What is Skimming?
Skimming occurs when fraudsters install specialized equipment (skimmers) at ATM machines and point-of-sale (POS) devices in order to copy credit or debit card information. Be mindful that skimming can occur with both in-store and delivery transactions as outlined below:
- Firstly, the ATM or POS device is tampered with to install a card skimming device which may include Bluetooth functionality that is able to copy and transmit card data as well as the PIN to a secondary receiver
- Secondly, the data is used to create a counterfeit card
- Lastly, fraudsters use the counterfeit card to complete unauthorized transactions from the cardholder’s account
Be Mindful and Stay Alert:
Keep a close eye on your card at all times when using an ATM or POS device and remain vigilant during the entire transaction.
At the ATM Machine:
When you approach an ATM, check for obvious signs of tampering at the top of the ATM, near the speakers, at the side of the screen, by the card reader, and on the keypad.
- Check for tape and/or sticky glue residue on any part of the ATM
- Take note of bulkiness on the card insert area or the PIN keypad
- Check if anything is hanging from the ATM or if something looks suspicious, such as different colours or materials, misaligned graphics or anything else that may be out of place
- Examine the card slot or keypad for loose-fitting attachments
If you observe any of these signs, do not use the ATM and immediately report your findings to the bank.
At the Point-of-Sale Device:
- If the initial transaction fails and you decide to pay with cash, verify with your bank that money was not debited from your first attempt
- Only confirm your transaction at a POS device once you have seen the value
- Pay attention to every detail of your transaction and how it is being processed
When Accepting Deliveries:
- If the first attempt of the transaction fails, the delivery representative may retrieve a second device and ask you to swipe your card again. While this can occur due to connectivity issues; we recommend keeping a close eye on your account and subsequent transactions. Report any anomalies to your bank as soon as possible.
- If possible, take note of the vehicle number of the delivery driver.
- Keep your receipts for a minimum of 2 weeks after the transaction.
- Allow a customer sales representative to leave with your card. Request a portable POS device or go to the cashier to pay.
- Disclose your PIN to anyone, write it down or store it on your phone. Avoid using obvious numbers such as your birthday, address or phone number that are easy to guess if your card is lost or stolen. Change your PIN often and if you think your PIN may have been compromised, change it immediately by visiting an RBC Branch.
Responsibility as Merchants
As a merchant, you and your employees are the first line of defense against skimming and other types of fraud. You pay an important role in protecting the payment ecosystem, your business and customers against fraudulent transactions. The following measures can greatly reduce the risk of fraud occurring by:-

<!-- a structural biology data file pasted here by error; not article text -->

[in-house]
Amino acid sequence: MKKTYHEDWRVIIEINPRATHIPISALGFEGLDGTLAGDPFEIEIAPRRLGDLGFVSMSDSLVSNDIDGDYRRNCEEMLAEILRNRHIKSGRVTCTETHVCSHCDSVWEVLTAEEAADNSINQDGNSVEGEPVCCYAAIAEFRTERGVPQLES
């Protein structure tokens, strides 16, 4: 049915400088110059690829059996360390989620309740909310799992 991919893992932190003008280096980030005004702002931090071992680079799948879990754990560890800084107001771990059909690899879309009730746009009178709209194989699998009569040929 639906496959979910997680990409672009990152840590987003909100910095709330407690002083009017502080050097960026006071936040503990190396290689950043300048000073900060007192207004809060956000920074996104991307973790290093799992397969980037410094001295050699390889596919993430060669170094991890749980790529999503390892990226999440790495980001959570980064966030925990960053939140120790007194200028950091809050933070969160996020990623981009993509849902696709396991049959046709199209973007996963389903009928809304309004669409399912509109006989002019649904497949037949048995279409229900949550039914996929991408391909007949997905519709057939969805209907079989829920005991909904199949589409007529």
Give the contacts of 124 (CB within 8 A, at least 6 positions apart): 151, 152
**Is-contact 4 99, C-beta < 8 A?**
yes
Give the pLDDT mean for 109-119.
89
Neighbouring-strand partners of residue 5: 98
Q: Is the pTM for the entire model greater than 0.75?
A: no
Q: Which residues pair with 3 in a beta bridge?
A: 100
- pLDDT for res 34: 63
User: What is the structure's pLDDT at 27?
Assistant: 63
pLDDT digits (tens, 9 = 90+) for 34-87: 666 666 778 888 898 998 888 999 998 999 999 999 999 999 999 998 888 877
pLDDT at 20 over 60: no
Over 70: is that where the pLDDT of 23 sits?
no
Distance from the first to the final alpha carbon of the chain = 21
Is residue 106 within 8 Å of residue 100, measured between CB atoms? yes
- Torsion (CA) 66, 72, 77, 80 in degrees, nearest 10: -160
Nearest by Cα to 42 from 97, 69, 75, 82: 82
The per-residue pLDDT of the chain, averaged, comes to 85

- Restricting POS device access to authorized employees only.
- Ensuring employees are trained to recognize the signs of possible fraud and are provided with periodic reminders to stay alert to potential threats.
- Always being aware that fraudsters may attempt to join their business and/or approach employees to assist with these illegal activities.
- Always safeguarding the POS devices and exercising due diligence to immediately report any tampering or missing POS devices to the bank.
- Performing frequent visual inspections for signs of tampering especially in high-traffic areas and more frequently in locations with low foot-traffic or POS devices using an external PIN pad.
- Regularly keeping track of and reporting operational difficulties that may occur.
Reporting Suspicious Transactions
Online Banking makes everyday banking transactions faster and easier, providing real-time access to your accounts to easily track your spending. If you are not enrolled in Online Banking, pay close attention to your paper-based bank statements. If you ever notice any suspicious transactions, immediately report them to your bank.
Kimberly Inglis is a freelance writer from Trinidad and Tobago who also enjoys blogging and baking in her spare time.
This article is intended as general information only and is not to be relied upon as constituting legal, financial or other professional advice. A professional advisor should be consulted regarding your specific situation. Information presented is believed to be factual and up-to-date but we do not guarantee its accuracy and it should not be regarded as a complete analysis of the subjects discussed. All expressions of opinion reflect the judgment of the authors as of the date of publication and are subject to change. No endorsement of any third parties or their advice, opinions, information, products or services is expressly given or implied by Royal Bank of Canada or any of its affiliates.